Asking for help is never easy -- especially when it involves money.
And when you’re operating an organization funded by charitable donations, there’s no way to avoid the awkward discomfort of “begging” your donors for money throughout the year.
But while you’re worried about over-asking, you may not be asking enough.
Let’s say you’re raising money to buy new textbooks for an elementary school. A class of 35 students needs 35 geography books at $99.75 per book. Your list of donors includes previous donors to school fundraisers, parents, and faculty.
In your fundraising letter, you describe the poor condition of the school’s current books. You talk about how a new set of books would improve the quality of students’ education -- and how difficult it is for the school to find funding to keep learning materials up-to-date. At the very end, you ask your donor to “consider making a gift to help our school.”
Sounds like a pretty good letter -- what parent wouldn’t want their child to have the best education possible? And you’ve made your appeal without a bunch of pushy asks.
In reality, it’s not likely that your letter would get many contributions. It might even be a complete flop.
Failing to make strong asks in your letters is a common pitfall that can seriously affect the success of your fundraising campaign. In trying to avoid coming off needy or demanding to your donors, you can end up with a letter that doesn’t have a clear call-to-action at all -- and then it’s no wonder that donations don’t come in.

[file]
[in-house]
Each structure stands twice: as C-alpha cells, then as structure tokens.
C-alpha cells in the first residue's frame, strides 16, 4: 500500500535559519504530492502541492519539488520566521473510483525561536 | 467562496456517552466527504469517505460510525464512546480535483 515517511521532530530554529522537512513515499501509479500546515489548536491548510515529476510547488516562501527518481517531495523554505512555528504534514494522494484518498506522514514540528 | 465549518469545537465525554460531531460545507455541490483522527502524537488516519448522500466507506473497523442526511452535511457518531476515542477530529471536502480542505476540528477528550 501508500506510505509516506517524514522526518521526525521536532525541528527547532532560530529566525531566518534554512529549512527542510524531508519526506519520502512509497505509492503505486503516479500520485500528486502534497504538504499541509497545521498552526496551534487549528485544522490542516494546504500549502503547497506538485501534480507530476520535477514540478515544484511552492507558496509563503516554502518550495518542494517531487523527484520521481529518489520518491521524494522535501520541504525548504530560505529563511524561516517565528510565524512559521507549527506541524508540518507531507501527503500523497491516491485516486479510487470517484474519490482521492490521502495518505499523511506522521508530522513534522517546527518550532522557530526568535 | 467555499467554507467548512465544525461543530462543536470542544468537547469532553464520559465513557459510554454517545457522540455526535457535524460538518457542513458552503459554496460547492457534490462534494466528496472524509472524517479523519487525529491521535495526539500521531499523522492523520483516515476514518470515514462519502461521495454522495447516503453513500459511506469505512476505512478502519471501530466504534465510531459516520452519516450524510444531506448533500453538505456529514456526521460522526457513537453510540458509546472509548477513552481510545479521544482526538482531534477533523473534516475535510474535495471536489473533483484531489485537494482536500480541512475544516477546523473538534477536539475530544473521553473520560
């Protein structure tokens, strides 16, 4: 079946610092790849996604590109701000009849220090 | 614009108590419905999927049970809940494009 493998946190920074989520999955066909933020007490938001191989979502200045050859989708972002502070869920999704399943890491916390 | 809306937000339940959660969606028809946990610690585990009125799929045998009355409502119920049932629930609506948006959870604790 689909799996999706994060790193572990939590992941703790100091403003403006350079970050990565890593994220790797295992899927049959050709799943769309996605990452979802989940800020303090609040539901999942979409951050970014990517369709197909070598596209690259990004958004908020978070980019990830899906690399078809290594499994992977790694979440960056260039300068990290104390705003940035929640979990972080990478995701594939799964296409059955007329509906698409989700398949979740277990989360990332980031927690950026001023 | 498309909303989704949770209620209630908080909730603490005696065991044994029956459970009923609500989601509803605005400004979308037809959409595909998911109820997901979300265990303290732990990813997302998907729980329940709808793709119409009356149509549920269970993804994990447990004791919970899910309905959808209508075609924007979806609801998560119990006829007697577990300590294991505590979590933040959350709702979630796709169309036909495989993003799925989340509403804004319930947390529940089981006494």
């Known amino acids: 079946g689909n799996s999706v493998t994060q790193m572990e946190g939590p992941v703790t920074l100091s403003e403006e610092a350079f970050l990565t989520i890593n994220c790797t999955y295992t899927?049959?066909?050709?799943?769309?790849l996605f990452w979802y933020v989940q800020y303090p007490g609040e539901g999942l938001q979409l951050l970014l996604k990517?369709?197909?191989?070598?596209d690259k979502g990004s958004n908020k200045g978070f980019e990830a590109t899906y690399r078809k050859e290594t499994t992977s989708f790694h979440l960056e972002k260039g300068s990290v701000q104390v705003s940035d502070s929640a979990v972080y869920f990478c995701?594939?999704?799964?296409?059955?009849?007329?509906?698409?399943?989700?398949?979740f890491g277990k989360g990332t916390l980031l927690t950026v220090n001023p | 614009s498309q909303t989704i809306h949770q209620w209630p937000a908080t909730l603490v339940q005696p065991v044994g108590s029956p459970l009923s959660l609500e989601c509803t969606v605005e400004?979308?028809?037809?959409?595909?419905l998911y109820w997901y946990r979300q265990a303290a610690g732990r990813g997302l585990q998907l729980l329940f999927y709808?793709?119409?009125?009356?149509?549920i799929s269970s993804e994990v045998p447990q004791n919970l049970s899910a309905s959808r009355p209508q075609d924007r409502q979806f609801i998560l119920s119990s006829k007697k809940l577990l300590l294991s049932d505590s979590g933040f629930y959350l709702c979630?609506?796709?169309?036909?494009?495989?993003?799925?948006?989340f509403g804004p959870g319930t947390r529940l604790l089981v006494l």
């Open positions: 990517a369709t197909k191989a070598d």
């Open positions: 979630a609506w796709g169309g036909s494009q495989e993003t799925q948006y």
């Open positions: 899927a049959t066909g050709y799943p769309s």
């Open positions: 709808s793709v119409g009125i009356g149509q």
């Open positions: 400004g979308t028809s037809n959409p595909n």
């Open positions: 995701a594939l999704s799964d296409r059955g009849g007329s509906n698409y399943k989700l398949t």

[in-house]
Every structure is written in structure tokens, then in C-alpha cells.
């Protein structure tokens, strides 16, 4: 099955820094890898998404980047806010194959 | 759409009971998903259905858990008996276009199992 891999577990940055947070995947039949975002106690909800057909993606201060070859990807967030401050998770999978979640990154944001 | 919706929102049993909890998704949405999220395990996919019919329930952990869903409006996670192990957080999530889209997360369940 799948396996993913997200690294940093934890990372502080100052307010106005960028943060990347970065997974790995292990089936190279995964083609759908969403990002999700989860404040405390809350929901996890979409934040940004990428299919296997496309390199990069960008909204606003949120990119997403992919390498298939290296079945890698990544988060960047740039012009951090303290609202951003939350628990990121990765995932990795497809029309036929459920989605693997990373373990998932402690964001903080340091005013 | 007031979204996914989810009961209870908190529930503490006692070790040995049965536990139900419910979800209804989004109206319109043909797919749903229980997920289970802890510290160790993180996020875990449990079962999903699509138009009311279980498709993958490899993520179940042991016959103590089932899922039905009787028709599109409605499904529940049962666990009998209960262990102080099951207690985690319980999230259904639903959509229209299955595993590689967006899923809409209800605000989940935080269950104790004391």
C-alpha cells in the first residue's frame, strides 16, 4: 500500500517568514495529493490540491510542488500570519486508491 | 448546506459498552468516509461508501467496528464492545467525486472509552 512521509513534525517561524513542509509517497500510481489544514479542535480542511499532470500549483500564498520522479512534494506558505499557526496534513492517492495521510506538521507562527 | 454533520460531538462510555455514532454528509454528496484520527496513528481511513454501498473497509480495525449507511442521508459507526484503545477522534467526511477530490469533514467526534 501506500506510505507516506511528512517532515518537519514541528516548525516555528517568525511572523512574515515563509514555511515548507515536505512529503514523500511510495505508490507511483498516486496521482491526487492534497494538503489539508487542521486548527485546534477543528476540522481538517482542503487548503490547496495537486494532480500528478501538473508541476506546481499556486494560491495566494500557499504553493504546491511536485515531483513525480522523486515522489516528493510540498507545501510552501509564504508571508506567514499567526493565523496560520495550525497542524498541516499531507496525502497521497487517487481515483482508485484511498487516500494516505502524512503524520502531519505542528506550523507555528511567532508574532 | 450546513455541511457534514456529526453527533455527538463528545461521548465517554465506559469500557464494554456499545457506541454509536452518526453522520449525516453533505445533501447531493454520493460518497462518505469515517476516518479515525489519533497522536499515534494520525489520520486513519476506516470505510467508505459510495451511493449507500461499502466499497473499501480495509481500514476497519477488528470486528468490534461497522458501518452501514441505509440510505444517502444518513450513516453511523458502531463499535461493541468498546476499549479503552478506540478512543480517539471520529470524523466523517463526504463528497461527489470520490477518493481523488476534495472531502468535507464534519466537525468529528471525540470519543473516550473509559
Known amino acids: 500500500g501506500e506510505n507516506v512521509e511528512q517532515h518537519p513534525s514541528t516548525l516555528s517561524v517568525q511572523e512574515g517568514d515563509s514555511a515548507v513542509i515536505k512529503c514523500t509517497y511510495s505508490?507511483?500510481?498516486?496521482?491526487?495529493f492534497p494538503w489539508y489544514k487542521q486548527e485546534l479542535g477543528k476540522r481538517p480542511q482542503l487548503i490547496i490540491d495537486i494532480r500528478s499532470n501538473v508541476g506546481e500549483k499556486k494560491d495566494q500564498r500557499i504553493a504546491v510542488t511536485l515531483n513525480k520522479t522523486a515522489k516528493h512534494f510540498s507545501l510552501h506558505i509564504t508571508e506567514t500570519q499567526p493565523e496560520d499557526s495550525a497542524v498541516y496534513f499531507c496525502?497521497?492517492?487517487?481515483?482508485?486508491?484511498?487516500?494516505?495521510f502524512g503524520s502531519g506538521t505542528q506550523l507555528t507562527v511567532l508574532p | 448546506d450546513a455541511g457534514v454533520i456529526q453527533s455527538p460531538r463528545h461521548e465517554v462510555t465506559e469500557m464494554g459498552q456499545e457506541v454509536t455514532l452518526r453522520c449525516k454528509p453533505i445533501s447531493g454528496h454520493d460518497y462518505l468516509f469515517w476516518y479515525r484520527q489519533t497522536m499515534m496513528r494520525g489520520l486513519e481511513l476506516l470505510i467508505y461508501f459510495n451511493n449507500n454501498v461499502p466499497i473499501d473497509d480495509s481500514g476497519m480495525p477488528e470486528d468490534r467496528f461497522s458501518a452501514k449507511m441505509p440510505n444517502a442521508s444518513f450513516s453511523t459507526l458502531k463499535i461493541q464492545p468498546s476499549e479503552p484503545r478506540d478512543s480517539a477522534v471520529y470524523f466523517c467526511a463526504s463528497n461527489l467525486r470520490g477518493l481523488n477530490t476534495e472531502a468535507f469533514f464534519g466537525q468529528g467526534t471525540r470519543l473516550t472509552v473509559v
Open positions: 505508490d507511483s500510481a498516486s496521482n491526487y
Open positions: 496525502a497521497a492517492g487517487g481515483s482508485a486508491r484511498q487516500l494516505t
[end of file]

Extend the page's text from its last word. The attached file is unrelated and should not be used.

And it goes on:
A successful fundraising letter doesn’t beat around the bush. The ask is direct, repeated, and specific. Instead of waiting until the end of your letter to ask that your donor “consider making a gift,” ask “will you please help us purchase a new geography textbook for every student by contributing $50?” And ask it often in your letter.
Strong asks take the effort out of donating -- telling the donors exactly what they can give today to support the cause. And a strong ask tells donors exactly how their gift makes a difference. Tell your donors that just two $50 dollar donations is enough to provide one student with a new book. Or that if they choose to give $100, they can provide their own child with a new book.
Never forget: your donors WANT to help you. If they’ve ended up on your donor list, it’s because they’ve already contributed to your cause or causes like yours (or they have a vested interest in your cause -- such as having a child enrolled in your school).
Your job isn’t to convince your donors to care -- it’s to remind them how much they already care. But you can’t expect your supporters to help you unless you tell them exactly what you need them to do.